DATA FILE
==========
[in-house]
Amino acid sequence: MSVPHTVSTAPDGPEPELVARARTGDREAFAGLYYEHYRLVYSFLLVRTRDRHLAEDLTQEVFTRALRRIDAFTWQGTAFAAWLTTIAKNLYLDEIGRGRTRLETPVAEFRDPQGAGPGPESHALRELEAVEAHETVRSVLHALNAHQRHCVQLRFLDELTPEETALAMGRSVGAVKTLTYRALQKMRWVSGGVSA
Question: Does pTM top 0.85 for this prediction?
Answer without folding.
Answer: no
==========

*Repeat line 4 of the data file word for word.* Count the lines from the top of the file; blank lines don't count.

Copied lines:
Answer without folding.